This analytics advantage in hockey has yet to be fully realized in MLSE’s other major sports, he adds. “In soccer, football, and basketball, it’s computer vision. Latency has gotten a lot better over time, but the data is still challenging to go through.”

That said, advances in the field of biomechanics related to computer vision have Magsisi excited. Computer vision can currently be used to track the position of players and the ball, but new advances will enable computer vision to track the position of players’ limbs. For example, Magsisi says, the organization could track the trajectory of a ball as it’s released from a basketball player’s hands.

Betting big on the future

The idea behind SportsX is to capture, analyze, and build out the best ideas from key MLSE stakeholders, whether coaches, fans, partners, or employees, and the organization has built a dedicated SportsX web portal to support the effort. The solutions will support how teams play, how players stay healthy, how fans connect with teams and each other, and how franchises operate internally.

One of the first concepts developed by the program while under pilot was the NHL Extended Reality Stats Overlay, which uses extended reality to deliver broadcast and video game capabilities to people watching games in-person. Another concept is the Immersive Basketball Experience, which uses optical data to provide fans with a life-size augmented reality experience.

SportsX is leveraging a portfolio of cloud services from AWS, including artificial intelligence (AI), machine learning (ML), and deep learning cloud services.

All this has required MLSE to build one of the largest technology engineering teams in all of sports.

“That’s not by mistake or without intention,” Magsisi says. “We know that the most successful organizations in the world are investing billions of dollars in R&D. It’s no mistake that these are the same organizations that are constantly coming out with new features and products and stay on top of the revenue line.”

Magsisi says that part of the secret sauce for MLSE has been a commitment to staying forward-looking.

“In the early years [of MLSE Digital Labs], we took 30% of our budget and our resources and focused on projects that were not going to impact our business within that season,” Magsisi says. “That was a large move. That was a big change for the organization because we are a seasonal business and our opportunity to generate revenue is limited in a window. A lot of our focus is three-quarters of the year. For us to take resources that would have been responsible for delivering revenue within that three-quarters and dedicating it to the future is a big risk.”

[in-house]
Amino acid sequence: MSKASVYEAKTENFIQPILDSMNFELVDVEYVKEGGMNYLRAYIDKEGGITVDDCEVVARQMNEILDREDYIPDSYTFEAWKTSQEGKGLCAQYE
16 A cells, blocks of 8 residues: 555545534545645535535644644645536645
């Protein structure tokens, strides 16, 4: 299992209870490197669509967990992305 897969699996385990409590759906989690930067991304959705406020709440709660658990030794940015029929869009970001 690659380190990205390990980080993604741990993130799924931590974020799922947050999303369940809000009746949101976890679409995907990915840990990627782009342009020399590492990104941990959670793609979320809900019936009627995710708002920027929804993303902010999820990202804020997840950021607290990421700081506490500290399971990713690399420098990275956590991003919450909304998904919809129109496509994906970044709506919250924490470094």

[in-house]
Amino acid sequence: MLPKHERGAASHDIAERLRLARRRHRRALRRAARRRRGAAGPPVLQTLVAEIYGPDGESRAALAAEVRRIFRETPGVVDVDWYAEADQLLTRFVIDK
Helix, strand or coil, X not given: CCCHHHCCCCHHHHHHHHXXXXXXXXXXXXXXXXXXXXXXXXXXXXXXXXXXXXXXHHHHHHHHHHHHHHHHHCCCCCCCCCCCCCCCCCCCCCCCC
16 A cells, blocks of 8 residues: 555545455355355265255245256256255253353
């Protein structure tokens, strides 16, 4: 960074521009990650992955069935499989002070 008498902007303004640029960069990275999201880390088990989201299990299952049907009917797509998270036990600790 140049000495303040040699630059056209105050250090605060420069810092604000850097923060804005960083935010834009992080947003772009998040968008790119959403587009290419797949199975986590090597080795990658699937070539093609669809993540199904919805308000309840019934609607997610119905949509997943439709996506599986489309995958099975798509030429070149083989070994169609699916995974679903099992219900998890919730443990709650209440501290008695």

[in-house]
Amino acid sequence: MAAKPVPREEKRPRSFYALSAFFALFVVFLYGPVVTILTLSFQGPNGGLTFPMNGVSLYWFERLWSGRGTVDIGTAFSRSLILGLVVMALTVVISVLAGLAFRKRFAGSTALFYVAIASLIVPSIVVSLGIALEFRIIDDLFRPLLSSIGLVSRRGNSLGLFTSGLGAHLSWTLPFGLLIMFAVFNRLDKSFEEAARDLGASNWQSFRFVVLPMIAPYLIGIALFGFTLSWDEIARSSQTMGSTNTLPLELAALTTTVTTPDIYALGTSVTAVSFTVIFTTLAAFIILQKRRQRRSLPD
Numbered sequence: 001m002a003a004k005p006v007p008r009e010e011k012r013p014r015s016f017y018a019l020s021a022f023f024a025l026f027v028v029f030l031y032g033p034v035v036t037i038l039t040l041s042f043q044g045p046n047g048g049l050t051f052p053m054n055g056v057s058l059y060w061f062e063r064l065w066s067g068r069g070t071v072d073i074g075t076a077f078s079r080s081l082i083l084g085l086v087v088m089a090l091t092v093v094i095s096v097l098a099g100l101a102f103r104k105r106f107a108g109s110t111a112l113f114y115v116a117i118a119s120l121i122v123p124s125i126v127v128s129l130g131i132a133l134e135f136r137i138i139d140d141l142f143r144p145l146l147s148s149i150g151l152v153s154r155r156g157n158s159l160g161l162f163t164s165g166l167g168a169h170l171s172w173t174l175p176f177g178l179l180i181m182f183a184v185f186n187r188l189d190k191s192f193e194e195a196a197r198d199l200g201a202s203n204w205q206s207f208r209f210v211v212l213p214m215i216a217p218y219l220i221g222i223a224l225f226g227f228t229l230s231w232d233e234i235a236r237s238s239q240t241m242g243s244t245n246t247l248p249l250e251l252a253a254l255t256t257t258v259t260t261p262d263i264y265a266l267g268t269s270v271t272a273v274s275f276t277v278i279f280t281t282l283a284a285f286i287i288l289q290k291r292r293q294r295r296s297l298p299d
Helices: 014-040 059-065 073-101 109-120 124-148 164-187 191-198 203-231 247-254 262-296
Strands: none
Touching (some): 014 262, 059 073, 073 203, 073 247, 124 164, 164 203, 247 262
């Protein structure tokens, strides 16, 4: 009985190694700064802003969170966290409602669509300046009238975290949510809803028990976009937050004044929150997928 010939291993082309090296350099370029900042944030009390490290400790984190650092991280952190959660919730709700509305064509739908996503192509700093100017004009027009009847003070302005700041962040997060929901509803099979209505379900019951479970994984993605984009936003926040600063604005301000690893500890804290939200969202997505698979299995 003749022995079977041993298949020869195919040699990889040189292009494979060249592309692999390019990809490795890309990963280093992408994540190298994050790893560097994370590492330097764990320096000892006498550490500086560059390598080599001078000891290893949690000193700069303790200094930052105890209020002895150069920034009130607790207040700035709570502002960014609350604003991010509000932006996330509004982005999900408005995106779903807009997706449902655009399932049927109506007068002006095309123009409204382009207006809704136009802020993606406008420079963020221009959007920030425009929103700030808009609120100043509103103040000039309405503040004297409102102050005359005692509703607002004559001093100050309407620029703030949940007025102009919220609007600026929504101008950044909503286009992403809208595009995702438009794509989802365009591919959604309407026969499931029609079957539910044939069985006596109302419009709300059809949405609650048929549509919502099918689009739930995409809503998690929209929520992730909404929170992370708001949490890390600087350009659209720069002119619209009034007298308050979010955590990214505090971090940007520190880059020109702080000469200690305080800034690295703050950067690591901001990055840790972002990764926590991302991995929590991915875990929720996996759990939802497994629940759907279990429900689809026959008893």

But that risk has come with a commensurate reward. It’s become a statement by the organization about its priorities. The organization can’t ignore tactical improvements — investing in data availability, reporting, dashboards, and the like — but dedicating staff and resources to examining the business and thinking about where it could be in several years has paid dividends in agility.

“We still have to invest in today; we still have to deliver today,” Magsisi says. “But I think the shift to be able to invest in the future allows you to take a look at your business and ask, ‘Where can we help our organization,’ whether it’s our restaurants, food and beverage teams, or retail team.”

Over the past five years, Magsisi says the organization has launched well above 50 digital products. It’s gone from quarterly or even biannual releases to daily releases.

“Our software engineering development teams and analytic teams now have the ability to make a change and deploy it right into production, whether it’s for a coaching staff, for our players, or fans,” he says. “Those things were long processes in the past with a lot of levels of approval.”

Data Management, Digital Transformation, Media and Entertainment Industry